For someone who was not acquainted with Piketty's paper, the argument for a centrist Democrat might sound compelling. If the country has tilted to the right, should we elect a candidate closer to the middle than the fringe? If the electorate resembles a left-to-right line, and each voter has a bracketed range of acceptability in which they vote, this would make perfect sense. The only problem is that it doesn't work like that, as Piketty shows.

The reason is that nominating centrist Democrats who don't speak to class issues will result in a great swathe of voters simply not voting. Conversely, right-wing candidates who speak to class issues, but who do so by harnessing a false consciousness — i.e. blaming immigrants and minorities for capitalism's ills, rather than capitalists — will win those same voters who would have voted for a more class-conscious left candidate. Piketty calls this a "bifurcated" voting situation, meaning many voters will connect either with far-right xenophobic nationalists or left-egalitarian internationalists, but perhaps nothing in-between.

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Understanding Trump’s charisma offers important clues to understanding the problems that the Democrats need to address. Most important, the Democratic candidate must convey a sense that he or she will fulfil the promise of 2008: not piecemeal reform but a genuine, full-scale change in America’s way of thinking. It’s also crucial to recognise that, like Britain, America is at a turning point and must go in one direction or another. Finally, the candidate must speak to Americans’ sense of self-respect linked to social justice and inclusion. While Weber’s analysis of charisma arose from the German situation, it has special relevance to the United States of America, the first mass democracy, whose Constitution invented the institution of the presidency as a recognition of the indispensable role that unique individuals play in history.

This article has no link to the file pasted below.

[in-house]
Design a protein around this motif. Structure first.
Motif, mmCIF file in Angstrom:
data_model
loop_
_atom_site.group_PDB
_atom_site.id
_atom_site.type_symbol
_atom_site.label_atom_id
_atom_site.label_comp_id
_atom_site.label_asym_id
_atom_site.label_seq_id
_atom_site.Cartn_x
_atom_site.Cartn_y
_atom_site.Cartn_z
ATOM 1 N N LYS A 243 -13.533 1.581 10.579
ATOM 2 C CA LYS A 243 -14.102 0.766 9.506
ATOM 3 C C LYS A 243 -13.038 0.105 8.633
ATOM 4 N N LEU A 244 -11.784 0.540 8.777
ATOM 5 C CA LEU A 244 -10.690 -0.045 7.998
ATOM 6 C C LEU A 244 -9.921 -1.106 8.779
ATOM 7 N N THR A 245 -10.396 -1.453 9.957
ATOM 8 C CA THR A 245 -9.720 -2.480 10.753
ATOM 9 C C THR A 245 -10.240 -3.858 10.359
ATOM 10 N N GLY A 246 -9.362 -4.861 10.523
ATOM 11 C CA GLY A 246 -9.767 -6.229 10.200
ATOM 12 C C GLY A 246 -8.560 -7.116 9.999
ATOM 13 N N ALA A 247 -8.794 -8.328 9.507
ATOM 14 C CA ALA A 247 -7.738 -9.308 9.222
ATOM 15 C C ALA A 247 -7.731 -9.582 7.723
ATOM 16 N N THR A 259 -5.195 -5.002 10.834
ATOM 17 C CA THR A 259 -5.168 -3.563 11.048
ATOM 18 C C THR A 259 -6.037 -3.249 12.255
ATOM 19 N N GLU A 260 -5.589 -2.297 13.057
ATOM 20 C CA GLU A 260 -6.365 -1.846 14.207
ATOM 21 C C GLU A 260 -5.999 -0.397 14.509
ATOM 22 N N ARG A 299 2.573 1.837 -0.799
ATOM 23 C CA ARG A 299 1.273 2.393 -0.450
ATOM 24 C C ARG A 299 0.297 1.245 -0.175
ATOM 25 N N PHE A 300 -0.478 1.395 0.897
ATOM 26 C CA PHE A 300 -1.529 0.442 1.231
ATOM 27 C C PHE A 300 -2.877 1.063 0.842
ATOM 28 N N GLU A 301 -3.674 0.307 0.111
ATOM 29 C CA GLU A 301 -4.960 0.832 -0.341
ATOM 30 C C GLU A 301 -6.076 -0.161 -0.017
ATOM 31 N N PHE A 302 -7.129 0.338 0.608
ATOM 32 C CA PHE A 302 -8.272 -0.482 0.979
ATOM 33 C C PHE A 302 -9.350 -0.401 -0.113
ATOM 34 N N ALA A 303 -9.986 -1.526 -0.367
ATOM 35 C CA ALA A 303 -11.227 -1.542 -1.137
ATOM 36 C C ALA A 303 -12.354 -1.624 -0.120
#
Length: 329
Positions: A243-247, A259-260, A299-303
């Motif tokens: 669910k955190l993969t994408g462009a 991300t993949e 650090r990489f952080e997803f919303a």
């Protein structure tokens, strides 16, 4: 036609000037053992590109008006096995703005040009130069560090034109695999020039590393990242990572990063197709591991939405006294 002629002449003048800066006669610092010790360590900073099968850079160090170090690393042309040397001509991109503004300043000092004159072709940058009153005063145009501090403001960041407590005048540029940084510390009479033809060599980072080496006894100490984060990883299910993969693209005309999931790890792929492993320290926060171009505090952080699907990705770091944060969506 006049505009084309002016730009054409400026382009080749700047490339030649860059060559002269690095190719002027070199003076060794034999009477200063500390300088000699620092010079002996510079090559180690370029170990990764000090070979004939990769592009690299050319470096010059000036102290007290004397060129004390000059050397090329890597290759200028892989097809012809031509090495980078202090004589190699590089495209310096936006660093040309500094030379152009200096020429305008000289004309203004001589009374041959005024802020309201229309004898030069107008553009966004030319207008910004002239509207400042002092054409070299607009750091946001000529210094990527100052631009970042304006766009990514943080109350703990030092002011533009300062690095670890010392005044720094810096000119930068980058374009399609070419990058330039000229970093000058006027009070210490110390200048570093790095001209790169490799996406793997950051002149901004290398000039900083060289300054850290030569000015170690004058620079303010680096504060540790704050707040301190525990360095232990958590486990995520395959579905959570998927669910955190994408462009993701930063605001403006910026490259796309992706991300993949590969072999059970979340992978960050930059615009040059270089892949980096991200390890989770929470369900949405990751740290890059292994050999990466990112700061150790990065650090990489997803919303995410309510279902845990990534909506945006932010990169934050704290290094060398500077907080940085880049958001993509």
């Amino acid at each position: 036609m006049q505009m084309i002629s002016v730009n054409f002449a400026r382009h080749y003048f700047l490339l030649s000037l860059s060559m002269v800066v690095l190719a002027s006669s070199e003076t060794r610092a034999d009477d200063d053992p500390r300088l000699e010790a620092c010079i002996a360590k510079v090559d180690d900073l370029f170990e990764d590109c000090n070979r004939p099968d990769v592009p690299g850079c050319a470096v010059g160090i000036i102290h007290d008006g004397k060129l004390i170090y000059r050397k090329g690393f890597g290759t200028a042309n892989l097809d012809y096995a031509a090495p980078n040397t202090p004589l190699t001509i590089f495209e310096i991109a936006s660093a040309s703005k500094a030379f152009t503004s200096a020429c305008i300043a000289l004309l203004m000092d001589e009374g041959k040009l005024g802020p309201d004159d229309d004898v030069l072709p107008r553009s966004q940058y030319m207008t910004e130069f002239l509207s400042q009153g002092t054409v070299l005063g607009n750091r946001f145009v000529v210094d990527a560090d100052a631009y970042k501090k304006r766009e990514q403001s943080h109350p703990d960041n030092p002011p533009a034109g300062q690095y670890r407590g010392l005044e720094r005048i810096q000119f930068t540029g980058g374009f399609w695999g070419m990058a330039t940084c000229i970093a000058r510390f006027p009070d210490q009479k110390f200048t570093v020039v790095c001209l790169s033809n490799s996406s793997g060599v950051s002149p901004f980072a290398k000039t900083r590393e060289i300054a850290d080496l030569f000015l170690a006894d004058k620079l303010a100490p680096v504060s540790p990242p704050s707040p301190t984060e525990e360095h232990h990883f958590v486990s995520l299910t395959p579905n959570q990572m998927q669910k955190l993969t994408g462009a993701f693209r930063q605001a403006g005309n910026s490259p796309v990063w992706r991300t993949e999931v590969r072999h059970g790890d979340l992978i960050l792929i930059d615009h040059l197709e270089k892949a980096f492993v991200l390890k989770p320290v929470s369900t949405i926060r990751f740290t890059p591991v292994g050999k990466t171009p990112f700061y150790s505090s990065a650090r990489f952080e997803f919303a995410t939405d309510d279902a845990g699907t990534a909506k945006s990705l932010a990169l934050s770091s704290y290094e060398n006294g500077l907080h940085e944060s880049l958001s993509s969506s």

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[E]ven Fox didn’t tout Bartiromo’s big scoops on Trump’s legislative agenda, because 10 months into the Trump presidency, nobody is so foolish as to believe that him saying, “We’re doing a big infrastructure bill,” means that the Trump administration is, in fact, doing a big infrastructure bill. The president just mouths off at turns ignorantly and dishonestly, and nobody pays much attention to it unless he says something unusually inflammatory.On some level, it’s a little bit funny. On another level, Puerto Rico is still languishing in the dark without power (and in many cases without safe drinking water) with no end in sight. Trump is less popular at this point in his administration than any previous president despite a generally benign economic climate, and shows no sign of changing course. Perhaps it will all work out for the best, and someday we’ll look back and chuckle about the time when we had a president who didn’t know anything about anything that was happening and could never be counted on to make coherent, factual statements on any subject. But traditionally, we haven’t elected presidents like that — for what have always seemed like pretty good reasons — and the risks of compounding disaster are still very much out there.